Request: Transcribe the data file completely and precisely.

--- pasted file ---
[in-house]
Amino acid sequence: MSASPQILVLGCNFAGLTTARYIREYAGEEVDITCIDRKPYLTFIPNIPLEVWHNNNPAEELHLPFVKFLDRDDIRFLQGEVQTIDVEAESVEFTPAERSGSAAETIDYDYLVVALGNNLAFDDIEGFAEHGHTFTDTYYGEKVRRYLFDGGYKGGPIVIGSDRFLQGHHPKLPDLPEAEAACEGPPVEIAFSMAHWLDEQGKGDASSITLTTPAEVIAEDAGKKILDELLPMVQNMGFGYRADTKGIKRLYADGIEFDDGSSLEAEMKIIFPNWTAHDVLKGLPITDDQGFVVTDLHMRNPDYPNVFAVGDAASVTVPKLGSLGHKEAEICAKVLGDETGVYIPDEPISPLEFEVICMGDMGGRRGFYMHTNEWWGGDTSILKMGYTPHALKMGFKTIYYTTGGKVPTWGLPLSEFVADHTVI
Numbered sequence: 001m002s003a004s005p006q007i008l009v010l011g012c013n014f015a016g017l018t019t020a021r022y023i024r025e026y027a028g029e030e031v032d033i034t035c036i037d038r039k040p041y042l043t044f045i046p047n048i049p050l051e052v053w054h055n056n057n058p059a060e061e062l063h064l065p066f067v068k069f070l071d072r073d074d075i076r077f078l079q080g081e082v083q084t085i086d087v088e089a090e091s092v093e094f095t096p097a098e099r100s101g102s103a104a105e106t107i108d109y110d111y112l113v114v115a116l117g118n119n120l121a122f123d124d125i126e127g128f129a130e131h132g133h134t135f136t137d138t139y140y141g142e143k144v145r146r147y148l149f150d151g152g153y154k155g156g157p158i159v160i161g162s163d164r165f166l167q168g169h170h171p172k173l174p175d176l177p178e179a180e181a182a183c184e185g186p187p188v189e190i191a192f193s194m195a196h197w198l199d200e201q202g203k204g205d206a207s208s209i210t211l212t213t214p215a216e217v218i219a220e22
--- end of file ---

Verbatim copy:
[in-house]
Amino acid sequence: MSASPQILVLGCNFAGLTTARYIREYAGEEVDITCIDRKPYLTFIPNIPLEVWHNNNPAEELHLPFVKFLDRDDIRFLQGEVQTIDVEAESVEFTPAERSGSAAETIDYDYLVVALGNNLAFDDIEGFAEHGHTFTDTYYGEKVRRYLFDGGYKGGPIVIGSDRFLQGHHPKLPDLPEAEAACEGPPVEIAFSMAHWLDEQGKGDASSITLTTPAEVIAEDAGKKILDELLPMVQNMGFGYRADTKGIKRLYADGIEFDDGSSLEAEMKIIFPNWTAHDVLKGLPITDDQGFVVTDLHMRNPDYPNVFAVGDAASVTVPKLGSLGHKEAEICAKVLGDETGVYIPDEPISPLEFEVICMGDMGGRRGFYMHTNEWWGGDTSILKMGYTPHALKMGFKTIYYTTGGKVPTWGLPLSEFVADHTVI
Numbered sequence: 001m002s003a004s005p006q007i008l009v010l011g012c013n014f015a016g017l018t019t020a021r022y023i024r025e026y027a028g029e030e031v032d033i034t035c036i037d038r039k040p041y042l043t044f045i046p047n048i049p050l051e052v053w054h055n056n057n058p059a060e061e062l063h064l065p066f067v068k069f070l071d072r073d074d075i076r077f078l079q080g081e082v083q084t085i086d087v088e089a090e091s092v093e094f095t096p097a098e099r100s101g102s103a104a105e106t107i108d109y110d111y112l113v114v115a116l117g118n119n120l121a122f123d124d125i126e127g128f129a130e131h132g133h134t135f136t137d138t139y140y141g142e143k144v145r146r147y148l149f150d151g152g153y154k155g156g157p158i159v160i161g162s163d164r165f166l167q168g169h170h171p172k173l174p175d176l177p178e179a180e181a182a183c184e185g186p187p188v189e190i191a192f193s194m195a196h197w198l199d200e201q202g203k204g205d206a207s208s209i210t211l212t213t214p215a216e217v218i219a220e22